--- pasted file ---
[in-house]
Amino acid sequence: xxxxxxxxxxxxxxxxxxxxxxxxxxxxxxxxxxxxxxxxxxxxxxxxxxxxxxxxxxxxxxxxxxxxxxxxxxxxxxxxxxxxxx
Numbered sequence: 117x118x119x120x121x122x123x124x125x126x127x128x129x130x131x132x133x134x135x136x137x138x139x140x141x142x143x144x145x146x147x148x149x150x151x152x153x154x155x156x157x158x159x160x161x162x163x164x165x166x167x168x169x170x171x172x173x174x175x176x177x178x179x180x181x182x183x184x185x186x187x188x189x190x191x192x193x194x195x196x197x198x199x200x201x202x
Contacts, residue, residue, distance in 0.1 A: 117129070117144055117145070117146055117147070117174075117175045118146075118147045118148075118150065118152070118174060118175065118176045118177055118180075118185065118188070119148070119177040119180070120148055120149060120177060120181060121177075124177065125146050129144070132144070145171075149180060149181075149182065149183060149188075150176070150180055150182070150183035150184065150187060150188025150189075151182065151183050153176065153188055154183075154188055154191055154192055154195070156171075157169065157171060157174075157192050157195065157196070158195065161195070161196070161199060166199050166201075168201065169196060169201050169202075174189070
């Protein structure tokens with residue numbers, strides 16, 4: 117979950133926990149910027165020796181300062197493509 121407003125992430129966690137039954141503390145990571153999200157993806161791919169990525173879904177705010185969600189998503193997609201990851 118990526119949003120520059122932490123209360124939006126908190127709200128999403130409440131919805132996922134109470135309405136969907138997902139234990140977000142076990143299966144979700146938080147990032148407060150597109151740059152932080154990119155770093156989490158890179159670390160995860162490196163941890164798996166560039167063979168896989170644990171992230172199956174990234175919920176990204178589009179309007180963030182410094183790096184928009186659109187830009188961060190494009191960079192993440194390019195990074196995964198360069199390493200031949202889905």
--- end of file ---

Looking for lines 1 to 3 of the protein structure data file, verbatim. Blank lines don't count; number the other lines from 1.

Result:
[in-house]
Amino acid sequence: xxxxxxxxxxxxxxxxxxxxxxxxxxxxxxxxxxxxxxxxxxxxxxxxxxxxxxxxxxxxxxxxxxxxxxxxxxxxxxxxxxxxxx
Numbered sequence: 117x118x119x120x121x122x123x124x125x126x127x128x129x130x131x132x133x134x135x136x137x138x139x140x141x142x143x144x145x146x147x148x149x150x151x152x153x154x155x156x157x158x159x160x161x162x163x164x165x166x167x168x169x170x171x172x173x174x175x176x177x178x179x180x181x182x183x184x185x186x187x188x189x190x191x192x193x194x195x196x197x198x199x200x201x202x